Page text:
This 22-minute film aims to raise public awareness about how big data is having an effect on the future of medicine.

This 22-minute film aims to raise public awareness about how big data is having an effect on the future of medicine.

Sharing personal data in secure networks can lead to new ways of treating diseases, researchers say

If more people were willing to share their health data on mobile devices, scientists could organize the gaggle of information into shared databases and perhaps bring about the next era of medical breakthroughs, researchers said in a social change film.

The curation and analysis of terabytes of health data may enable David B. Agus, a professor of medicine at the Keck School of Medicine of USC, to tell his patients that hope exists.

“The new hope in the room is not in medicine, but it’s in big data,” Agus, director of the Lawrence J. Ellison Institute for Transformative Medicine of USC, said in the film. “The real revelation in data is we can start to categorize cancer. So instead of just lumping it by where it came from, we’re going to start to personalize how we understand, how we categorize and how we treat disease.

“Two or three times I week, I look someone in the eye and say I have no more drugs to treat your disease, and I don’t want to do that anymore.”

Big Data: Biomedicine is a 22-minute film that aims to raise public awareness about how big data is having an effect on the future of medicine. The film illustrates how data is fast becoming a crucial component in treating patients and saving lives.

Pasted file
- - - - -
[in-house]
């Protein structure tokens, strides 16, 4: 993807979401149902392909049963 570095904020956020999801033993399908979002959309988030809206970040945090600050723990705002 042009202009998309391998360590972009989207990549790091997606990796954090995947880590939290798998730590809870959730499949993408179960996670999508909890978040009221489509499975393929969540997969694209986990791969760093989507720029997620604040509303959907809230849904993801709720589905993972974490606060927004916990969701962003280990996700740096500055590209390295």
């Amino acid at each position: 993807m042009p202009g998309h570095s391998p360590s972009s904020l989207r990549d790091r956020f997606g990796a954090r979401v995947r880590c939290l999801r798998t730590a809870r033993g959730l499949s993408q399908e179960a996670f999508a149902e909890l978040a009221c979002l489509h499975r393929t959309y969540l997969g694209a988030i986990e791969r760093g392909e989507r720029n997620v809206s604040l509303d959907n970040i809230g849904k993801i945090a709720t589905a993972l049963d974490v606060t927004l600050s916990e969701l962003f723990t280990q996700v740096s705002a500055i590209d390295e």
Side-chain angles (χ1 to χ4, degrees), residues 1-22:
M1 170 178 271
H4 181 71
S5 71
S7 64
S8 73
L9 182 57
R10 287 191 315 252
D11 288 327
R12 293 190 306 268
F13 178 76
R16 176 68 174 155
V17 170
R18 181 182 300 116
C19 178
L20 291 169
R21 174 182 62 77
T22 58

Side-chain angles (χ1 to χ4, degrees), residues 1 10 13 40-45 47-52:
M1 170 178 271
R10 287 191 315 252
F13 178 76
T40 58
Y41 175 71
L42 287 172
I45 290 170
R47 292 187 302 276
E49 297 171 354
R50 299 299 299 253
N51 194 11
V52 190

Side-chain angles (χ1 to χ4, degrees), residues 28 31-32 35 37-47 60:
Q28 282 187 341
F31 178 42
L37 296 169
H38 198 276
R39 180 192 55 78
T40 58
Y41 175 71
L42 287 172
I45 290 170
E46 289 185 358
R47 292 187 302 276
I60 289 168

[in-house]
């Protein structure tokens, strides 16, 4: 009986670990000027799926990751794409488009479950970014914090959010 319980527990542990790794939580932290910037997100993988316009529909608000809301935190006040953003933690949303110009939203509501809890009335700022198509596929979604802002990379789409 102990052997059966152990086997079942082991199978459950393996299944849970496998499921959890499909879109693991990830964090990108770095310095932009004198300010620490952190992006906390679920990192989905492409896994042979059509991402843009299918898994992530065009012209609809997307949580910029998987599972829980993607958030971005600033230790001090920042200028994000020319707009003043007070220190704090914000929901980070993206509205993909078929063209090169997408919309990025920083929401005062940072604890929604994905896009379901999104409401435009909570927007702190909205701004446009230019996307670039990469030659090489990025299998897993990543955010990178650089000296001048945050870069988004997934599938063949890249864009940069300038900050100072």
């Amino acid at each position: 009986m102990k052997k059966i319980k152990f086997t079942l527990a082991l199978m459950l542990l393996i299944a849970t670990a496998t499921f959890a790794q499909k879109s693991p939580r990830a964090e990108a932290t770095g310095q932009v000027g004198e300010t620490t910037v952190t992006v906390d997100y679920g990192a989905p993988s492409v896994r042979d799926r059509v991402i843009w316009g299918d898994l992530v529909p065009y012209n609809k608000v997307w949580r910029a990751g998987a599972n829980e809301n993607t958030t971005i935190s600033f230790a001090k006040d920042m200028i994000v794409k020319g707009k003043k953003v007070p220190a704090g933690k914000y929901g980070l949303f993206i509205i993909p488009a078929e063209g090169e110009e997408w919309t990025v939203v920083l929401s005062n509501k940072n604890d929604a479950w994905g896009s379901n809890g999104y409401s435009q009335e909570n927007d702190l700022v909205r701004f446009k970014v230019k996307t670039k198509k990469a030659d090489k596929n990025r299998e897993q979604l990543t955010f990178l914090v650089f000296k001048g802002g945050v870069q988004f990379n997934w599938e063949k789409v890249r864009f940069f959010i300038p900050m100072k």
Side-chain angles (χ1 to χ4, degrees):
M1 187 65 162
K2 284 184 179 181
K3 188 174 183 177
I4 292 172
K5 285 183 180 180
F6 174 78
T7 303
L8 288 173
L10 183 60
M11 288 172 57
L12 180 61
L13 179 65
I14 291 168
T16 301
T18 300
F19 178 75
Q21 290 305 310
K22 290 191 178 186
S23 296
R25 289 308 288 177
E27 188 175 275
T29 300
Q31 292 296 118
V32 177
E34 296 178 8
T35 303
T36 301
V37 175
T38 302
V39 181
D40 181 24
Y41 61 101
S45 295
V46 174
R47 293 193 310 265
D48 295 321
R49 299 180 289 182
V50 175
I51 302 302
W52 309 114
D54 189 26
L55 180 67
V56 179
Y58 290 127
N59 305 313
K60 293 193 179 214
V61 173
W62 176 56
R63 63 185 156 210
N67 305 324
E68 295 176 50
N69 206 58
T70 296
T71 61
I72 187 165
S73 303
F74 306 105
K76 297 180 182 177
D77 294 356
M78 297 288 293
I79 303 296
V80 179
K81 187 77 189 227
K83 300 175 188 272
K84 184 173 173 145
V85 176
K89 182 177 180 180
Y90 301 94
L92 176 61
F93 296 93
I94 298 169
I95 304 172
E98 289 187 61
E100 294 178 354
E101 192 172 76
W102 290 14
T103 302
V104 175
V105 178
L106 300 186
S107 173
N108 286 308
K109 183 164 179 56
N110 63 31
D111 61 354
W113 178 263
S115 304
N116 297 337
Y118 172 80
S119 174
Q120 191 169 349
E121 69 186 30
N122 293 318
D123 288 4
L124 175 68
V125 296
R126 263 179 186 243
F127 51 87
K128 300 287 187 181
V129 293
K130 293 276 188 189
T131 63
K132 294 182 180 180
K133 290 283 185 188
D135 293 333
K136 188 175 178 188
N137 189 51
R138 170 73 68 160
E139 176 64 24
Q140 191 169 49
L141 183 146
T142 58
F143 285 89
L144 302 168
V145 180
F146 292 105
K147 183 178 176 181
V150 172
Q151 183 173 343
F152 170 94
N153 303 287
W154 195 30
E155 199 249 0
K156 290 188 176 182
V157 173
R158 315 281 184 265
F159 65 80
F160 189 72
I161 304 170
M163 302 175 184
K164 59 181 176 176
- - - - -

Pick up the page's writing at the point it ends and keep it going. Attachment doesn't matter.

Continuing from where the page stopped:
The film, available on YouTube, was written and produced by Michael Taylor, a professor at the USC School of Cinematic Arts and executive director of the Media Institute for Social Change.

“Almost all of us today have computers in our pockets,” Taylor said. “If we can get into the habit of using them to collect our personal health data, it will get us much closer to having a more personalized relationship with our doctor and ultimately benefit all of us.”

The second half of the two-part film will be posted on YouTube in the spring, Taylor said.

The USC Stevens Neuroimaging and Informatics Institute is the world’s largest brain data repository, currently holding 2,867 terabytes of information from every continent except Antarctica.

“We can’t modify one’s age; we can’t modify one’s genetics,” Judy Pa, an assistant professor of neurology at the USC Stevens Neuroimaging Informatics Institute, said in the film. “But we know that there are other factors about the way one lives that can be changed. Let’s see if we can get these on a better trajectory for your future.”

Recommendations of healthy and unhealthy behaviors are made based on the available science at the time. Big data injects loads of new information into the system, potentially blowing up scientists’ previous misconceptions, said John Van Horn, an associate professor of neurology at the Keck School of Medicine.

“This is where new science gets done,” Van Horn said in the film, referring to the USC Stevens Neuroimaging and Informatics Institute. “This is where cures will be found.”

By Zen Vuong